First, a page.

Entry by force puts focus on 4th Amendment


The "enforcement action" -- Attorney General Janet Reno's phrase for the raid on a Little Havana home to retrieve Elian Gonzalez -- was a display of the federal government's sometimes awesome power to act as policeman. That power may be greatest in enforcing immigration law.

Forcing entry to a home would raise serious constitutional issues in normal police activity. But government officials were convinced that making that kind of action in an immigration case was within their constitutional authority.

The Fourth Amendment protects private homes from "unreasonable searches and seizures." But the Supreme Court has made clear that whether a search violates the Fourth Amendment depends upon whether people have a right to expect privacy in the place being searched. A home usually enjoys the most privacy.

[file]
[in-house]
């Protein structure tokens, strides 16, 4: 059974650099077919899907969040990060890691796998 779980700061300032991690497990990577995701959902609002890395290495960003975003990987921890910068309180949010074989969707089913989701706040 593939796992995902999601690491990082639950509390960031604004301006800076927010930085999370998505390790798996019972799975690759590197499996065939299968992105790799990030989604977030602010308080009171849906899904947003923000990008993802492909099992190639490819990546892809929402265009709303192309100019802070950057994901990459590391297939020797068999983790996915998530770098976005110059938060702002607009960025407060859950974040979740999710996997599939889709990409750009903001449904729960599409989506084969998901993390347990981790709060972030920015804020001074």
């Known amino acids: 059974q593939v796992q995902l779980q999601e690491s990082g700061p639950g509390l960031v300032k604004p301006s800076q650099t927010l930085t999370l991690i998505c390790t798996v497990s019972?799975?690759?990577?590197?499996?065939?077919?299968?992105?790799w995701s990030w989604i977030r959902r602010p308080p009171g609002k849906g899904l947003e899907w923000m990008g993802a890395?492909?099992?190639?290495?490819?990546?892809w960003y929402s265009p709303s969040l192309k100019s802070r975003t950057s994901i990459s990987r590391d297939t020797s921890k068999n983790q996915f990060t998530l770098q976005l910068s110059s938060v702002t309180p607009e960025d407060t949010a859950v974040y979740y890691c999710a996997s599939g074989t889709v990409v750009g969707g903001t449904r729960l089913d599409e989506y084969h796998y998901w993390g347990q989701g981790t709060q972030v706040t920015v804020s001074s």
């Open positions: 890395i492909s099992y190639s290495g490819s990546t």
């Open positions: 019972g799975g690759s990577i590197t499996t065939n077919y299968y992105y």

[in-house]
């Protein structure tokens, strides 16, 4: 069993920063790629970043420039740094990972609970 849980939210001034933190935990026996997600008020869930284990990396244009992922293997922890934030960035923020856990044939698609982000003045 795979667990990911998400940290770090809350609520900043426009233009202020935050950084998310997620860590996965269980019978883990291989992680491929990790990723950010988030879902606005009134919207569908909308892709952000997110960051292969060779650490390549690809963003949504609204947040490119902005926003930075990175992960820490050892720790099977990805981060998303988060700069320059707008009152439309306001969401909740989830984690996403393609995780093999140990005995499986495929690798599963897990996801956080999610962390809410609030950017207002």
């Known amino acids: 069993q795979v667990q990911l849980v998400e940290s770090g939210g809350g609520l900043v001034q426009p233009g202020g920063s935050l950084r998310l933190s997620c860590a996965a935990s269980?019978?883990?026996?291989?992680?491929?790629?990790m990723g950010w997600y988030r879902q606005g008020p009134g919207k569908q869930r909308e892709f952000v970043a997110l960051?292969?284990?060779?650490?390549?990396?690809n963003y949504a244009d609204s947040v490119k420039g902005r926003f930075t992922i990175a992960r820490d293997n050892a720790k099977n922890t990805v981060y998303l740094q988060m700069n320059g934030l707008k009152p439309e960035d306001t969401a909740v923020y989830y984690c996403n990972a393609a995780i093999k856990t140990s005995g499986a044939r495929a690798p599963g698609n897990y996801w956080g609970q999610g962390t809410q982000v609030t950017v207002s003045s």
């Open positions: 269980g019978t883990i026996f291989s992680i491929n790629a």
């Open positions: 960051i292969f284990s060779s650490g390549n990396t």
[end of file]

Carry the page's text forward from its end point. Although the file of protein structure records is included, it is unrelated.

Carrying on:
But the Justice Department's view in Elian's case was that his great-uncle Lazaro Gonzalez's home was not entitled to privacy while it remained the place where an alien child with no legal right to be in the country was being kept with government permission. Thus, the reasoning went, the home could be entered at any time to retrieve the boy once Lazaro's right to temporary custody ended and he refused to turn over Elian.

"There was clear defiance of the law," Reno explained. The forced entry at gunpoint came, she said, only when the Miami relatives left "no other option."

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